Monday, February 21, 2011

Herb of the year

Horseradish root
Horseradish!
Yep, that is the herb of the year.  For me, roast beef is just an excuse to eat horseradish. The most pungent horseradish I ever ate was at a Steer Roast in Buckingham, while visiting my sister. While sitting down to dinner and yakking about all manner of things, I took one unsuspecting bite of horseradish and my sinuses received a jolt that went straight to my eyeballs!   Every orifice watered!

Apparently,  once the root is scraped or grated, a volatile oil called allyl is produced as its glucoside sinigrin comes into contact with its enzyme myrosin. According to renowned herbalist Maude Grieves, it is only when these two substances meet that isothiocyanate, also contained in black mustard seed, is created: this accounts for the pungent, hot, yet subtly sweet taste of horseradish. 
According to Carol Little, a registered herbalist in private practice in Toronto.  Horseradish contains antibacterial, antibiotic, anti-parasitic, anti-anemic, and aperient properties. It is also a coronary vasodilator, a digestive, a diuretic, and an expectorant,  which means that it stimulates a number of body systems and can be used to aid mild circulatory problems, digestion, and water retention. I’ve used it to help to encourage timid appetites – a potent digestive elixir can be created by combining a small amount of horseradish with carminative herbs and apple cider vinegar. You can view her new blog at www.studiobotanica.com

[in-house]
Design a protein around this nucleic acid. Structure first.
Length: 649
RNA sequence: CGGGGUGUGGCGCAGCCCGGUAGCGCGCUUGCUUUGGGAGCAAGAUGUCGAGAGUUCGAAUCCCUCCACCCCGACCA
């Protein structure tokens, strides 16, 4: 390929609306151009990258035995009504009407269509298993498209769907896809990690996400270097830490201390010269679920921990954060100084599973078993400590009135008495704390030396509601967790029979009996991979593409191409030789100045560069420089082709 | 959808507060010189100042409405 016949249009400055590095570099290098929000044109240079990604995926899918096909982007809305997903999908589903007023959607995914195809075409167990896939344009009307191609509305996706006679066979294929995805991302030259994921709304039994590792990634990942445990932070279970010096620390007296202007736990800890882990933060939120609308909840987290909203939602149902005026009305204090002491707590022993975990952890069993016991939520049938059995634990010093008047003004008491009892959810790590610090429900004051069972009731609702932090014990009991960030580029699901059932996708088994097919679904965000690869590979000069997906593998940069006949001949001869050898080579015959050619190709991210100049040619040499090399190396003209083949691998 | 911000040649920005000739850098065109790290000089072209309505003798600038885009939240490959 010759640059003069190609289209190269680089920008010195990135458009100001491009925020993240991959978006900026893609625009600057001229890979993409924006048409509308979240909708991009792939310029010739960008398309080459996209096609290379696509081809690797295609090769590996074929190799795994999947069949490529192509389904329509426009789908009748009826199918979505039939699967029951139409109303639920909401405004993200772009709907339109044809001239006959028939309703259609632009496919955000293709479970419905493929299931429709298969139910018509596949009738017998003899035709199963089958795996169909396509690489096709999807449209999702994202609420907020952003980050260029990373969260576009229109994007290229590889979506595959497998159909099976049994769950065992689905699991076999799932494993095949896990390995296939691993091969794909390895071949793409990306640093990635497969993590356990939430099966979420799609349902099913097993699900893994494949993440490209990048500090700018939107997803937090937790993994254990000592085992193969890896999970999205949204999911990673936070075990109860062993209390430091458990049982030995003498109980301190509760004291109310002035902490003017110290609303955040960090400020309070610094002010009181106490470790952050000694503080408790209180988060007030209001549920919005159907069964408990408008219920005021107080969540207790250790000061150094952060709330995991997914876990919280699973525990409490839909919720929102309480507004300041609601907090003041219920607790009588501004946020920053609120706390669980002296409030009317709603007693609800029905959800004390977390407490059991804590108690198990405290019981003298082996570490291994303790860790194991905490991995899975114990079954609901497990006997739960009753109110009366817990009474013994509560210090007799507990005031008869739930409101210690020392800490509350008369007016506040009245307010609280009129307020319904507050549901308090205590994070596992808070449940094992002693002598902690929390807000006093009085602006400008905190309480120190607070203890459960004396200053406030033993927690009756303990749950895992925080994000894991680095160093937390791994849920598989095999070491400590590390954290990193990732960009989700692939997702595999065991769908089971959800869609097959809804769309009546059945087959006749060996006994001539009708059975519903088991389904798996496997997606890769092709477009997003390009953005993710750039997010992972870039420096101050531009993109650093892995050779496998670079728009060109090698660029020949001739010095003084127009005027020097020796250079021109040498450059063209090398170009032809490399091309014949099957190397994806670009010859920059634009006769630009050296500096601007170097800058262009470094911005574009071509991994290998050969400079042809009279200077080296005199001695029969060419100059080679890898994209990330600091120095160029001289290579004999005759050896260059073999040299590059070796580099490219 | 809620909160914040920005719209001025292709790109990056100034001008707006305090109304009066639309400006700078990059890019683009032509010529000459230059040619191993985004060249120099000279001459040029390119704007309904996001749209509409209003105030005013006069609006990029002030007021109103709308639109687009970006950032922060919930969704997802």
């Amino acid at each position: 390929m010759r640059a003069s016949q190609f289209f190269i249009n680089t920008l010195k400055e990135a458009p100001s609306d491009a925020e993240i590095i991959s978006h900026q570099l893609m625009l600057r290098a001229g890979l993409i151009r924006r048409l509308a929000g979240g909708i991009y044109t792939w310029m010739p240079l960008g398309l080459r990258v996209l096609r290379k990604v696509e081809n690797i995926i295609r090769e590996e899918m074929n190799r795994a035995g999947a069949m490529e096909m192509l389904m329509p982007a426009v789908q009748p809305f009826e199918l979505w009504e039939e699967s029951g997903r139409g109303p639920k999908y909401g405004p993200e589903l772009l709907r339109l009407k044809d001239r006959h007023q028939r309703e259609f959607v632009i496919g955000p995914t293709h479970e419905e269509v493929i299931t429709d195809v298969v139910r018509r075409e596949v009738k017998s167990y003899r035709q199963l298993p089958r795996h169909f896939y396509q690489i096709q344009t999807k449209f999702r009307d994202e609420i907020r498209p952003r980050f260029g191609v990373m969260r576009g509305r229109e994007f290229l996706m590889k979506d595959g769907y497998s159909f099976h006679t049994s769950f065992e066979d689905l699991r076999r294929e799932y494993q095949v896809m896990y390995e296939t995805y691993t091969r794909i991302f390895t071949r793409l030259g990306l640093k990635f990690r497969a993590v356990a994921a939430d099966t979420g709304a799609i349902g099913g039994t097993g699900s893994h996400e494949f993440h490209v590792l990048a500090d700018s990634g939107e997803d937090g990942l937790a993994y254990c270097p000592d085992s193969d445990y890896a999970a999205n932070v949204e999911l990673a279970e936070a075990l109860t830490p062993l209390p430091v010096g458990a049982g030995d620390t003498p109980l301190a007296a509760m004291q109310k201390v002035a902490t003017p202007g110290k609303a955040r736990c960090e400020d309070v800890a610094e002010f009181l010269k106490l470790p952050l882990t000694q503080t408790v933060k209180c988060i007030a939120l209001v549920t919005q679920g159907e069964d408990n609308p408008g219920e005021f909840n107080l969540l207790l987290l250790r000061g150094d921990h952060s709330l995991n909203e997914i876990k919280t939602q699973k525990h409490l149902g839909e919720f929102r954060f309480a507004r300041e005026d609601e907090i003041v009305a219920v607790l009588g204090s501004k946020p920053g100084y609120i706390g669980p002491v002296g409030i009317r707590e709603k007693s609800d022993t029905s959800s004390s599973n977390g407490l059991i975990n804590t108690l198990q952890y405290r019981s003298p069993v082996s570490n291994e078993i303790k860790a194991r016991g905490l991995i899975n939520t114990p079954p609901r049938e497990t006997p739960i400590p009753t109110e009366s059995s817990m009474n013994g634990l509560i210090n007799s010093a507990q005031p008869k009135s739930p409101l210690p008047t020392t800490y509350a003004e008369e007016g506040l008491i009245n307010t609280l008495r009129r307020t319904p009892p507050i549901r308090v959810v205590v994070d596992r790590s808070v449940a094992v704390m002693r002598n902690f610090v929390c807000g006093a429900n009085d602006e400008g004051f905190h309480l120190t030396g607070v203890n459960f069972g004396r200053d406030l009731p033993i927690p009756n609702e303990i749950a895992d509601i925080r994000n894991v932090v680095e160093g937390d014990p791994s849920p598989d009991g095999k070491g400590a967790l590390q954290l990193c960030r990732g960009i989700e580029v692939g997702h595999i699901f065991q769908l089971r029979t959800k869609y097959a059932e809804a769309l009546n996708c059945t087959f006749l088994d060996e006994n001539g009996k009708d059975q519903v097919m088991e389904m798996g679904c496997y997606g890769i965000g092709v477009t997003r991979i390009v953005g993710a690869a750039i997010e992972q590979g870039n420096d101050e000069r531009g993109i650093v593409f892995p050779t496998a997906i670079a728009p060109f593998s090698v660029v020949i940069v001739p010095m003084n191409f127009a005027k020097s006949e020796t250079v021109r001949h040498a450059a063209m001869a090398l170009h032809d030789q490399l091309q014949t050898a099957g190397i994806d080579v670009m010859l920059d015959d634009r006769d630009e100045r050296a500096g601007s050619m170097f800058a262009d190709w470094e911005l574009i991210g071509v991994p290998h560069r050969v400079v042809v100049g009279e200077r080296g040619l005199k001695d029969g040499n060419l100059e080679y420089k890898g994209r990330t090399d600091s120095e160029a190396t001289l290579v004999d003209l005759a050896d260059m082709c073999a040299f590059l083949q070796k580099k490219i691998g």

According to Richard Mabey, author of The New Age Herbalist, “Horseradish is a powerful circulatory stimulant with antibiotic properties due to the mustard oil it contains. It is effective for lung and urinary infections because mustard oil is excreted through these channels.”



 A recent study by the University of Illinois shows that horseradish contains substantial quantities of glucosinolates – compounds shown to increase human resistance to cancer. The power of this ‘humble hot shot’ root is created chemically when it is grated or agitated to release constituents that, when put together, produce magic! An effective daily dose of horseradish can be as little as 1 gram or less than a teaspoon. (http://www.aces.uiuc.edu/news/stories/news3066.html)
Eat up - you'll be right in fashion.